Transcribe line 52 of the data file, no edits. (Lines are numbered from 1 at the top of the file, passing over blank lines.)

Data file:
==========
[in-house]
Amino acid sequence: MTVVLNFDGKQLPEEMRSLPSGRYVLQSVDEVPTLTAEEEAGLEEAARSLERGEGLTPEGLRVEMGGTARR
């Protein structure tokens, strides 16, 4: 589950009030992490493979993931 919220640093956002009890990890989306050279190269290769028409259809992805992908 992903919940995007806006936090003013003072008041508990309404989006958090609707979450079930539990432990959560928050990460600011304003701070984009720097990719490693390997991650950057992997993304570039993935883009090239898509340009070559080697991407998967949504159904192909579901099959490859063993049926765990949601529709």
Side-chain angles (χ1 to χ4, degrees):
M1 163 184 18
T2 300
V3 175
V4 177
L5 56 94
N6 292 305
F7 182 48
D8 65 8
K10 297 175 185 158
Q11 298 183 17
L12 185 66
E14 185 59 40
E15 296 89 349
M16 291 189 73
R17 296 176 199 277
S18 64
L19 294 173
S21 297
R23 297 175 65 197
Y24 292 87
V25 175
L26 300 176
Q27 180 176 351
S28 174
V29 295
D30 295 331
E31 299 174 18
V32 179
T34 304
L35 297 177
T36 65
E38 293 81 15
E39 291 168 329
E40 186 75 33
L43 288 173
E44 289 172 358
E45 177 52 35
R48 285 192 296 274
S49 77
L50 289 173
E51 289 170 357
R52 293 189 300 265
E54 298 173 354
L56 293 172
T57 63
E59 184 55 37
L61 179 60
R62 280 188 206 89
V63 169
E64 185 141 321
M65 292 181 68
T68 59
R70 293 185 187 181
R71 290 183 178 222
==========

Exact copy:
R62 280 188 206 89